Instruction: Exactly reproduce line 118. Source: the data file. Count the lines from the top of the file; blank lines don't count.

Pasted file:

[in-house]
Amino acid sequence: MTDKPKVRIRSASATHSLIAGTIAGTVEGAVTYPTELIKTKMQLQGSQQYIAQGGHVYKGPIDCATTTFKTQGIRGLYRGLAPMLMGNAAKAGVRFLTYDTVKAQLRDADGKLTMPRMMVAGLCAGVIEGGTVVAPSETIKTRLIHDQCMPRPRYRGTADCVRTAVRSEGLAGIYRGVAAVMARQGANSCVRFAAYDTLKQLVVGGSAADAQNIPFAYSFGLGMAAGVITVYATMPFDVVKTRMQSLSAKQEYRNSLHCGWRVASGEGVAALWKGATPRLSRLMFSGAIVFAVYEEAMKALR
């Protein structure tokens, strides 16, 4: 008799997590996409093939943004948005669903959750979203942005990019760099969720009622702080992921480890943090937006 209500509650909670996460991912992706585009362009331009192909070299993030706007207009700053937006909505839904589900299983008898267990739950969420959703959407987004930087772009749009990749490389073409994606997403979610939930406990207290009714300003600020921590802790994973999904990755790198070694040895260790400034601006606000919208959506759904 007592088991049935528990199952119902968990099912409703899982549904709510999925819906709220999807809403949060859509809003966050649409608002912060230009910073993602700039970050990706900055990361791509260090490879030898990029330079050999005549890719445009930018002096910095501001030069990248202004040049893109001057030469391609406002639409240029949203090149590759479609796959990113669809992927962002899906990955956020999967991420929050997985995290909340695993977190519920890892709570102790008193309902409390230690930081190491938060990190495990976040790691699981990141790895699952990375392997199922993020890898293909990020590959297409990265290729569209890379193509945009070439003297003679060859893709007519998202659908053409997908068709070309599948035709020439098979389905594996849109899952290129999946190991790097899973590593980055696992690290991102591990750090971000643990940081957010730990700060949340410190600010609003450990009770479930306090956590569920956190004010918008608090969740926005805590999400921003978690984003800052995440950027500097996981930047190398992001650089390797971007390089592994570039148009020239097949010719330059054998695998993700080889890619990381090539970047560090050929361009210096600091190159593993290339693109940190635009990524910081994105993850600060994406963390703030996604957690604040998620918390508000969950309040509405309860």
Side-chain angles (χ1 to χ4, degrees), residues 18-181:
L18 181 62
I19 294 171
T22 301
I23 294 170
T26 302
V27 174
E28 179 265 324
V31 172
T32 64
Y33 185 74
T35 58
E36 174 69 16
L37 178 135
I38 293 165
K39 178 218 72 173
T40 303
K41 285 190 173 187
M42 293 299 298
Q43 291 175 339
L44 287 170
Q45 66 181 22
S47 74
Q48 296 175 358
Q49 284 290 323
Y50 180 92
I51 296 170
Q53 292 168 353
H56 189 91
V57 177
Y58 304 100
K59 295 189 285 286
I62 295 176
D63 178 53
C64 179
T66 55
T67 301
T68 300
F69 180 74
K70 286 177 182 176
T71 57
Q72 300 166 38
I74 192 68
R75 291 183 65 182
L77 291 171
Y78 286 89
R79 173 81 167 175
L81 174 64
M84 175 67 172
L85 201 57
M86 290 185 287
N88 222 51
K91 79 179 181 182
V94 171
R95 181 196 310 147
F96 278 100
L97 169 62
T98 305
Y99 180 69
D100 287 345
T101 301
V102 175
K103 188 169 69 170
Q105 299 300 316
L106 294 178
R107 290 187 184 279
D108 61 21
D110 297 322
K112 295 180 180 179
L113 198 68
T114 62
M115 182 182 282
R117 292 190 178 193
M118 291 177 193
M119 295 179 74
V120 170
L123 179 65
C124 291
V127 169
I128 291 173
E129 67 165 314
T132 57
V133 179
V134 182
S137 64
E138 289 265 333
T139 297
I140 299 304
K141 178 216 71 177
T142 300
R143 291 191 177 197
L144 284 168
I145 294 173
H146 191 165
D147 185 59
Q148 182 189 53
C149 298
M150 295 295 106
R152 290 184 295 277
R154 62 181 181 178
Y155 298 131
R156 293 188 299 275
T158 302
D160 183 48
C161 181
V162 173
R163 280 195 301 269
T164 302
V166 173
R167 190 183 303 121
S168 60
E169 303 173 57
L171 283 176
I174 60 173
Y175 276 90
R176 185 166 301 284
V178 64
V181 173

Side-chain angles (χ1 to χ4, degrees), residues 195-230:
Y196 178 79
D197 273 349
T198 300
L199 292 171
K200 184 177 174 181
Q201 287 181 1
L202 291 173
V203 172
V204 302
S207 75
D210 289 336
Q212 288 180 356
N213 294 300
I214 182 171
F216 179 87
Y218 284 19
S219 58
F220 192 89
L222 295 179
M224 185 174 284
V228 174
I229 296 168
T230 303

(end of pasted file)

Y175 276 90